Getting a job in marketing communications isn’t easy – it’s down right rough.
We talk to hundreds of college students each year about how to get a job in advertising, public relations or marketing.
And it occurred to me the advice we give them just might be helpful to any job seeker out there, regardless of experience.
So, here’s our words of wisdom (job hunt oath); including the most powerful question you can ask.
Approach The Job Search Like a Marketing Communications Challenge
• I am the product; I will take my unique set of skills, education, experiences and personality to market
• I will consider my target audience and appeal to what they want and need
• I will never approach my resumé as one size fits all
• My resumé will be smart, well-written and compelling; my LinkedIn profile will be as well, plus they’ll be accurate and error-free
Look at Networking as “The Art of Making Others Feel Good”
• I will search for opportunities to be around professionals
• I will remember the cardinal rule – people love to talk about themselves and what they do
• I will ask the most powerful question in my job search – “Would you mind telling me about what you do and your career path?”
> And I will listen; then, I will listen some more
> After that, I will ask for a meeting
Act Like a Business Colleague during the Interview
• I will have done my homework – from research to lobby observation
• I will be the person the hiring manager or professional sitting across from me would be proud to present to the president of the company
• I will be able to articulate my unique selling proposition (USP) during the conversation
• I will remember the importance of body language
• And I will ask good business questions
Consider Social Media an Important Tool in My Job Search
• I will think about my personal brand with every tweet I make
• I will be strategic with the people I follow and share with
Let me just get this out there. I have nothing against marketing automation software. I think using technology to reach, track, and qualify leads is a worthwhile pursuit. But here’s the thing. I also think a lot of marketers are half expecting that when they plug in the software leads will immediately start falling from the sky like rain.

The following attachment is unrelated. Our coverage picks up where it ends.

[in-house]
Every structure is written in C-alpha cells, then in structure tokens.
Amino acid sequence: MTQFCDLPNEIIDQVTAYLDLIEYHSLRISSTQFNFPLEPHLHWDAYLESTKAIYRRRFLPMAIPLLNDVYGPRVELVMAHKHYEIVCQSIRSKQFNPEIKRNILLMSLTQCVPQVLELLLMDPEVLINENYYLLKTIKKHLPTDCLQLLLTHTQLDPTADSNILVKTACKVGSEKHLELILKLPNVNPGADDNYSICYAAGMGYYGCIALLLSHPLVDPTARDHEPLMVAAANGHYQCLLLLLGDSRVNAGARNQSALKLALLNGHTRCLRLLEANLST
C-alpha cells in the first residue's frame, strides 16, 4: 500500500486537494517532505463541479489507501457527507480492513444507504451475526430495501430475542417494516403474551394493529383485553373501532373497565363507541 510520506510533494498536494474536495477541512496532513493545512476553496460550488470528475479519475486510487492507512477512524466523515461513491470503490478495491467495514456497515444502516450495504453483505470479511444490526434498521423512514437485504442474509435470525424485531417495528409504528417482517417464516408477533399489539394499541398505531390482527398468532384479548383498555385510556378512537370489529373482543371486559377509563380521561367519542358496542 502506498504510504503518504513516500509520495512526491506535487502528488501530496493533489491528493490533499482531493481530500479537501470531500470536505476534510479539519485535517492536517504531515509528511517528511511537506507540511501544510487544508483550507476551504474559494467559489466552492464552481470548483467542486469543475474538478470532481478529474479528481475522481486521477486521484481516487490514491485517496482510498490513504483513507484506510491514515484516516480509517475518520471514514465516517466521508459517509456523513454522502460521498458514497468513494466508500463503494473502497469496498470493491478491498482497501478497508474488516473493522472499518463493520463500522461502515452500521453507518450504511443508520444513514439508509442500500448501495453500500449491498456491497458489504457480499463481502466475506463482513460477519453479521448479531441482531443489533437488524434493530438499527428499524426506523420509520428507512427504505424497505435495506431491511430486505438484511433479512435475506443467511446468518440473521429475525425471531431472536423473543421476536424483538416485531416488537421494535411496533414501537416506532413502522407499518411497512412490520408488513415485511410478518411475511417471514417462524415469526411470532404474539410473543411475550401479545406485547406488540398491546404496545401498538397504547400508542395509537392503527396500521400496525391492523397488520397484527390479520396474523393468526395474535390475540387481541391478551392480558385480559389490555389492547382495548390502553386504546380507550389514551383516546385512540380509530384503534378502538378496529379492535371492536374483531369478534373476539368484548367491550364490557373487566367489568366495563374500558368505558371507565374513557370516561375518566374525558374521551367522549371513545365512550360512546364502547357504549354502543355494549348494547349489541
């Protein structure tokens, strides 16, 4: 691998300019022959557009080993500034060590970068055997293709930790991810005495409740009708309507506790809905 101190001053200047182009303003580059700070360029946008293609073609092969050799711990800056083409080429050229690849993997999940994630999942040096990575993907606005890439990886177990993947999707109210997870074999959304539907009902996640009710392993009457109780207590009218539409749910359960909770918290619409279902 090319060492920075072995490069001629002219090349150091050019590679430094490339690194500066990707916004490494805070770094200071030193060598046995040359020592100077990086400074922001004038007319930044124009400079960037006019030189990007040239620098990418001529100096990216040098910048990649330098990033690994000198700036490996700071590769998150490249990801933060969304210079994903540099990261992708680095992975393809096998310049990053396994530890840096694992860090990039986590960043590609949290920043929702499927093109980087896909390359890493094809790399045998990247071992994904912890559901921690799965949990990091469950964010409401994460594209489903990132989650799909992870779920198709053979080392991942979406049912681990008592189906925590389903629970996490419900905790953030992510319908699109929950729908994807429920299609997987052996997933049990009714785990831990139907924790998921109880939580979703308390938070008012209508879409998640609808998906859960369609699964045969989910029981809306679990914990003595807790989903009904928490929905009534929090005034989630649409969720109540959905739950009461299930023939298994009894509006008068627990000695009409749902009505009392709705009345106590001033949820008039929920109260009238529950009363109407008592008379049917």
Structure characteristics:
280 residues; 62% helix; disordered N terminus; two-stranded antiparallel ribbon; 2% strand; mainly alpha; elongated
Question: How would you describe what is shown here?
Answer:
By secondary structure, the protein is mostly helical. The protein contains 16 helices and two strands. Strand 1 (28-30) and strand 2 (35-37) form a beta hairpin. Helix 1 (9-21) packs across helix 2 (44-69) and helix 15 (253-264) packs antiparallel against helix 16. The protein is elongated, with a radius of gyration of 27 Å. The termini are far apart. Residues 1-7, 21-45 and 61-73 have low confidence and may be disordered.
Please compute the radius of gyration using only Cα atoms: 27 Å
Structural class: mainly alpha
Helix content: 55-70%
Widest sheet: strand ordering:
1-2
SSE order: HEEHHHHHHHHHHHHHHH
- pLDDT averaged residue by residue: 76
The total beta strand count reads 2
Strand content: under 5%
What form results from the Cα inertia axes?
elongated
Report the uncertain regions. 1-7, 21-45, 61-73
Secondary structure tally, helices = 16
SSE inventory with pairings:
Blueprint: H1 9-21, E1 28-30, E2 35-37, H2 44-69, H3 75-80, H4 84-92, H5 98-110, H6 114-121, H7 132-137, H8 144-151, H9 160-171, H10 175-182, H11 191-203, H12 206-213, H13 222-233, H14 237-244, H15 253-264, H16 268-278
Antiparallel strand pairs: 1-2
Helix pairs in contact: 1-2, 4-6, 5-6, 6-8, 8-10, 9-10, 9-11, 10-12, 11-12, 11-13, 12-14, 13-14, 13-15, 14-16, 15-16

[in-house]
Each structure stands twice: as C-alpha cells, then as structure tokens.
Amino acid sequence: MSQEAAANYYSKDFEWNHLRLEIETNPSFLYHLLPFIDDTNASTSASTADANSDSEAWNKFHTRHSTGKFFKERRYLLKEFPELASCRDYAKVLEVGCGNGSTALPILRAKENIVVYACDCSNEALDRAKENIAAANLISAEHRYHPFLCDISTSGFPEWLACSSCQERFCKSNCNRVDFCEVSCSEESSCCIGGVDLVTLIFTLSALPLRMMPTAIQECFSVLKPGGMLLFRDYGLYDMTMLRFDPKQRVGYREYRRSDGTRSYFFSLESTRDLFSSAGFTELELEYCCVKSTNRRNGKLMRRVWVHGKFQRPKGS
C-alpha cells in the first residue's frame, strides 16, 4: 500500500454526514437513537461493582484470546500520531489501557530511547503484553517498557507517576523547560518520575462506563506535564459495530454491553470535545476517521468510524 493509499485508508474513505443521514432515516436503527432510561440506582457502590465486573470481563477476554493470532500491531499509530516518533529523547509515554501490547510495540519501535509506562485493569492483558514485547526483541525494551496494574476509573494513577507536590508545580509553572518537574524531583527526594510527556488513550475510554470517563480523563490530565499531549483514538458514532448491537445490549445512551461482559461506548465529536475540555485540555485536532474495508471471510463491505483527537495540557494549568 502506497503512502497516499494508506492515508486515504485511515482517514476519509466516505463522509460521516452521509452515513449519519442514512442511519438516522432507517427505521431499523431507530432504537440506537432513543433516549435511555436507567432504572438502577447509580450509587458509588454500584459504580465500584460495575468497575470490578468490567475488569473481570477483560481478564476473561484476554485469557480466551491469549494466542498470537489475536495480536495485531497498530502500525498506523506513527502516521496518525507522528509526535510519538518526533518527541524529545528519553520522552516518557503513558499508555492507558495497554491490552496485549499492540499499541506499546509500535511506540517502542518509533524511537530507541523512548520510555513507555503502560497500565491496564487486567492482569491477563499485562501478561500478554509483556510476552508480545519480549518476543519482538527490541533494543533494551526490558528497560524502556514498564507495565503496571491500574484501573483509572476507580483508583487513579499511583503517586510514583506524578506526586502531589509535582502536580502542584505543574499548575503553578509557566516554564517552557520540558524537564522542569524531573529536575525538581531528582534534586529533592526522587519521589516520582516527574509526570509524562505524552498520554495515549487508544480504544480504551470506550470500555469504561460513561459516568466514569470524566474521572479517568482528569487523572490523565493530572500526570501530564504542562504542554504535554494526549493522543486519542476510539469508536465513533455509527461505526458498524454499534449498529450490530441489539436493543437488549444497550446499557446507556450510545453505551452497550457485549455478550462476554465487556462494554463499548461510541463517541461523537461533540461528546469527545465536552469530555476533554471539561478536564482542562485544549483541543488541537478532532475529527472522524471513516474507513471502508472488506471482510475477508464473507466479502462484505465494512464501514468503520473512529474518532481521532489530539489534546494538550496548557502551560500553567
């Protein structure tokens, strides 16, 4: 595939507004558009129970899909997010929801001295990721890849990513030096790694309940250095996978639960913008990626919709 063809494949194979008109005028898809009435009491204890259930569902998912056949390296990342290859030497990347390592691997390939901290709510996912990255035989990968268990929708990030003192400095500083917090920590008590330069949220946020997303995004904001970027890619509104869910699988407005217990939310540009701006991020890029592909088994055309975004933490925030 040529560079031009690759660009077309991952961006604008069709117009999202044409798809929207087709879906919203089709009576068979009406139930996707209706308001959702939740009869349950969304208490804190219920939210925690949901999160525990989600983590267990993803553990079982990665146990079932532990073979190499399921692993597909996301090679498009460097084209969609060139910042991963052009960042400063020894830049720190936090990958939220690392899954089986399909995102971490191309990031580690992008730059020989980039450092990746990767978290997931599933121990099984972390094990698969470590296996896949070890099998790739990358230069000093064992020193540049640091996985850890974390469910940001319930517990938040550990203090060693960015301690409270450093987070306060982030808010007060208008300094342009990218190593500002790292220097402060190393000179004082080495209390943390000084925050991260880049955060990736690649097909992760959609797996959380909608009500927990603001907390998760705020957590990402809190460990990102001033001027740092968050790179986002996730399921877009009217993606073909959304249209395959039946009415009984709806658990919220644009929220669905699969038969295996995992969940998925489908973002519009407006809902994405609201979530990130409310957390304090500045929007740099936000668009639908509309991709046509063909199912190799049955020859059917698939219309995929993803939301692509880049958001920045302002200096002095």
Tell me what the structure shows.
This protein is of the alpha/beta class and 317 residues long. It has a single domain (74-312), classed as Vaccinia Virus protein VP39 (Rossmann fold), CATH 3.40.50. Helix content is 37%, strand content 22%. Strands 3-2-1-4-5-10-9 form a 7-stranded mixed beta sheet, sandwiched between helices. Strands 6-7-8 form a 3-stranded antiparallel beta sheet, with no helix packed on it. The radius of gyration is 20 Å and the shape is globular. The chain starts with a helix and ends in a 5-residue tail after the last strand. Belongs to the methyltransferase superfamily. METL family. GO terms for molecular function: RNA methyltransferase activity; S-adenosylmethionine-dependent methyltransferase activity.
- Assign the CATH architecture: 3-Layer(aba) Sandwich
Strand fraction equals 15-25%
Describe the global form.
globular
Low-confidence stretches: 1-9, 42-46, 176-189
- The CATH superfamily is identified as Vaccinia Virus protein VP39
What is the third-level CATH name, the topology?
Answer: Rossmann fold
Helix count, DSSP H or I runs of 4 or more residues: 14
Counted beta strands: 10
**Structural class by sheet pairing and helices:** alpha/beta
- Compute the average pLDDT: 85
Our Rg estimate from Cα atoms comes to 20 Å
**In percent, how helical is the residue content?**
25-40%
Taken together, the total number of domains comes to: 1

I think that misconception is rooted in the liberal use of the word lead. What is a lead really? It’s a person. More specifically, it’s a person who might buy your stuff one day—or maybe even today, if you’re lucky.
Because you’re a person, you can probably imagine what it’s like to be a lead, and what might be important and interesting to a lead. Search your heart, and you’re likely to conclude it’s not an off-target, impersonal, automated message routed to your email inbox, or someone beating you over the head with their sales pitch, or the umpteenth dull as the paper it’s written on white paper of the week, or an invitation to try some product or service you’ve never heard of, from some company that’s equally unfamiliar to you.
What you probably wouldn’t mind receiving or running across, though, is some bit of information that actually helps you do your job better or makes you smarter about some subject you’re interested in. And it wouldn’t hurt if that bit of information took up very little of your time, was presented in an interesting way that made you laugh, or smile, or think about things differently.
But honestly, how much of the stuff that you run across each day meets that threshold? If you’re experience is anything like mine, I’ll bet very little.
So, as wonderful as marketing automation might be, what it definitely doesn’t do is the one thing that really counts when you’re trying to produce leads (aka, convince someone to take notice and possibly consider doing business with you). And that’s capture the attention and imagination of a specific someone.
For that to happen, you’re going to have to do the hard work of creating something (content it’s called these days) that stops a person in his or her tracks, amid all of the other things competing for this person’s attention. And that includes texts from their family and friends, cat videos, and the thousands of other things tugging at them or distracting them day in and day out.
To put a fine point on it, the quality of the content you share is a critical component in the lead gen game. You can’t build this really cool engine and then shove garbage into it and expect it to perform. Without some high test fuel, you’re lead gen program is doomed to sputter and stall.
Marcus Thomas Partner and Creative Director Jim Sollisch gets paid to bring a unique perspective to his work, but sometimes he just does it because it’s fun and thought-provoking.
In his recent contribution to the pages of The Christian Science Monitor, Jim explores the negative consequences of technology and how reading may be one of its casualties.